The Colombian government on Thursday night said it would halt the toxic fumigation of coca plant fields, defying a U.S.-backed program that has been in place for decades.
In announcing the decision, Colombian health minister Alejandro Gaviria cited concerns that the active ingredient in the herbicide—glyphosate—causes cancer. The World Health Organization reported in March that the weedkiller, widely used in Mosanto's Roundup products, was "probably carcinogenic to humans."
Colombian officials have said that a previous Supreme Court ruling in the country called for an end to the aerial spraying program if health concerns over glyphosate were discovered.
Daniel Mejía, the director of the Center for Security and Drug Studies, a research group in Bogotá, told the New York Times on Friday that the spraying operation was "inefficient and counterproductive."
"I would recommend attacking the links in the chain of drug trafficking, the labs where cocaine is processed, the large shipments of chemicals, which is really where the hard drug trafficking is, where organized crime is," Mejía told the Times. "It has been shown that attacking the farmers doesn’t work."
According to Adam Isacson, senior associate for regional security policy at the research group Washington Office for Latin America (WOLA), halting the program was the right move.
"Ending fumigation is the right choice for more than health or ethical reasons. Spraying with glyphosate simply hasn’t worked. For every acre of coca reduced in Colombia, more than 16 have been sprayed," Isacson wrote in a blog post for WOLA on Wednesday. "The past 20 years have shown that intense glyphosate fumigation can reduce coca-growing in specific areas for limited amounts of time. But populations, lacking other viable economic alternatives, eventually adapt to the spraying, and the crops return."
The damaging effects of glyphosate are compounded by the vast amounts necessary to eliminate crops. A recent study by Pascual Restrepo of MIT and Sandra Rozo of UCLA showed that for every hectare sprayed with glyphosate, illicit crops are reduced in only 0.035 hectares. In other words, to eliminate a hectare of coca, 30 hectares must be sprayed with glyphosate, at a financial cost of $72,000 per hectare. This is an inefficient program, which affects the country’s health and environment. In 2007, Afghanistan halted the use of glyphosate for aerial spraying, leaving Colombia the only country in the world to continue with this practice.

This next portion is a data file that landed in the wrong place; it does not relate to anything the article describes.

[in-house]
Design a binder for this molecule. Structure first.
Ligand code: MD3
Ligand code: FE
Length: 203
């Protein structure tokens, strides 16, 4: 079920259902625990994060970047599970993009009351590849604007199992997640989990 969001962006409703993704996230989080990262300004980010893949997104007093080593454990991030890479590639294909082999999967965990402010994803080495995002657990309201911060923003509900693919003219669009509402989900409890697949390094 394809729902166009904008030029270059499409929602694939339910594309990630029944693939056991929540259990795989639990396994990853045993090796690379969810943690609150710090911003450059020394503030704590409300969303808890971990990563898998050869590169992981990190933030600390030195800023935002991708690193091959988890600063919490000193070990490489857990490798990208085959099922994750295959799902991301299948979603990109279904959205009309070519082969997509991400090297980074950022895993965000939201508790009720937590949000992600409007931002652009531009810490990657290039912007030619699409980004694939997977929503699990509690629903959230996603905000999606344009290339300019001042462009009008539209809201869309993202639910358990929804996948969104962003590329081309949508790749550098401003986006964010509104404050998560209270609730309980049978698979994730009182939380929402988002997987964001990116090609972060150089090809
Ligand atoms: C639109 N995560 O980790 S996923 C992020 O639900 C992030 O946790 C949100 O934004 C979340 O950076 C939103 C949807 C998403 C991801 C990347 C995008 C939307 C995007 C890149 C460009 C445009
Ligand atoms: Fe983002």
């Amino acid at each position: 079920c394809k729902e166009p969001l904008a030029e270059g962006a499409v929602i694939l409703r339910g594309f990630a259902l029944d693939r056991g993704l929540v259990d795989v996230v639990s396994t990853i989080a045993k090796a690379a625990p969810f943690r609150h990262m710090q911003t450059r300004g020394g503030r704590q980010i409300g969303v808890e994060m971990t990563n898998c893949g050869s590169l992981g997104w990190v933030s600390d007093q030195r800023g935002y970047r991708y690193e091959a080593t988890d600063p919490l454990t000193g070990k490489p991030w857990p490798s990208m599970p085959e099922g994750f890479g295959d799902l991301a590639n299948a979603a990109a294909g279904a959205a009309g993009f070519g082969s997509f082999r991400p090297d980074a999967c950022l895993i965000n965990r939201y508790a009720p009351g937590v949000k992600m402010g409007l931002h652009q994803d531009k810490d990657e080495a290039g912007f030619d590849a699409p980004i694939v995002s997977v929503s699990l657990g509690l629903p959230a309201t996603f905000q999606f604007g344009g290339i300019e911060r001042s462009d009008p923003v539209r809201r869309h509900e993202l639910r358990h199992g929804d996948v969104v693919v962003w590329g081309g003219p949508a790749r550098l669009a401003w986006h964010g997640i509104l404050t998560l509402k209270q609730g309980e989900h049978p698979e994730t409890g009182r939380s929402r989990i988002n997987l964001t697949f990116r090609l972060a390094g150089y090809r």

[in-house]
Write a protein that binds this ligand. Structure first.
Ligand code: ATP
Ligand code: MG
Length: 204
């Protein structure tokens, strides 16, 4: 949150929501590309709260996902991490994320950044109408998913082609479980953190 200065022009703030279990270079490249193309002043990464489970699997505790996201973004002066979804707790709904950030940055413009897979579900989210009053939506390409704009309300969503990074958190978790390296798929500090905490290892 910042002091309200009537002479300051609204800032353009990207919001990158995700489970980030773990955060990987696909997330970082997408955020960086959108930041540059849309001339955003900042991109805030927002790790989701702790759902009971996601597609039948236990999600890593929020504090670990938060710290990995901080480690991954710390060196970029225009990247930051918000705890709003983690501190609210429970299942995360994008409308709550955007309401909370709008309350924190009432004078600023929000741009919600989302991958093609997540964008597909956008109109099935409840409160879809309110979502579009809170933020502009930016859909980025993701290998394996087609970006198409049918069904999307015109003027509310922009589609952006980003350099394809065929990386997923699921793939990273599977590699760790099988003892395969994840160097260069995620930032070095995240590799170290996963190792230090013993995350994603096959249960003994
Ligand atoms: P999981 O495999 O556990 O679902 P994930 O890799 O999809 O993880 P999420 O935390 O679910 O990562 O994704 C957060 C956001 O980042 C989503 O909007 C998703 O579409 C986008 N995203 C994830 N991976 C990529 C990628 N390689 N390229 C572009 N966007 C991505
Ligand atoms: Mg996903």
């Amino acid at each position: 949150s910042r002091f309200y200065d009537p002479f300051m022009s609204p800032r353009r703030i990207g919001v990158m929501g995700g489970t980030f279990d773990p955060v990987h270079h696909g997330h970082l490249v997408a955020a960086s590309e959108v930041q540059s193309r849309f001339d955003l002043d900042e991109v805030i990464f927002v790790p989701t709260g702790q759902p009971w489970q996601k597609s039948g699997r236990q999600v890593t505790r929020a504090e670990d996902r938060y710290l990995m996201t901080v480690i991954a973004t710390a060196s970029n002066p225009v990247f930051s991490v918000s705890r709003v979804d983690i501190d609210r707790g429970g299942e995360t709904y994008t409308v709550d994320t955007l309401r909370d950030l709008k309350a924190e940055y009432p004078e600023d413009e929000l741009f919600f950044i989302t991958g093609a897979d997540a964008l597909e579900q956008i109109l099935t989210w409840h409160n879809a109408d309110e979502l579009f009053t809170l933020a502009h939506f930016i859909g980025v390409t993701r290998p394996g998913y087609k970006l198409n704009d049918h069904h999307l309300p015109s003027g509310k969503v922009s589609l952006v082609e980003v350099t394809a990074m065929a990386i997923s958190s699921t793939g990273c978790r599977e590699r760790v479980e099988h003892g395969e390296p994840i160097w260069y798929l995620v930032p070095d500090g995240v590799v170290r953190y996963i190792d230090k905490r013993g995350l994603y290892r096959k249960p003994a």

Most coca growers are families netting roughly $1,220 per person a year, Isacson writes. Fumigation chemicals in rural areas have "penetrated their residences and left them with nothing to eat. Most of the time, there was no government effort to help those who had been sprayed, not even with basic food security."
Coca cultivation is a symptom of the Colombian government’s absence from a territory and failure to provide for its people. Like taking an aspirin to fight a serious illness, fumigation—regardless of the chemical used—has sought to alleviate a symptom while allowing the cause, poor governance and lack of economic opportunity, to fester.
The U.S. ambassador in Colombia, Kevin Whitaker, wrote in an op-ed for El Tiempo that the move would not harm diplomatic relations between the two countries.
In an interview ahead of the announcement, Whitaker said, "This is their sovereign decision to make, and we will respect that and we will continue to use the tools that are available to us, as Colombia wishes us to do, to continue to be a partner with them in this fight."
Still, ending the spraying program will have little effect on the long-term effectiveness of the U.S.-led War on Drugs in Colombia if it is not followed by a concerted effort to reform government services for civilians, Isacson writes.
"If there is no effort to establish and improve the presence of civilian state institutions in Colombia’s national territory, then coca cultivation can be expected to flourish."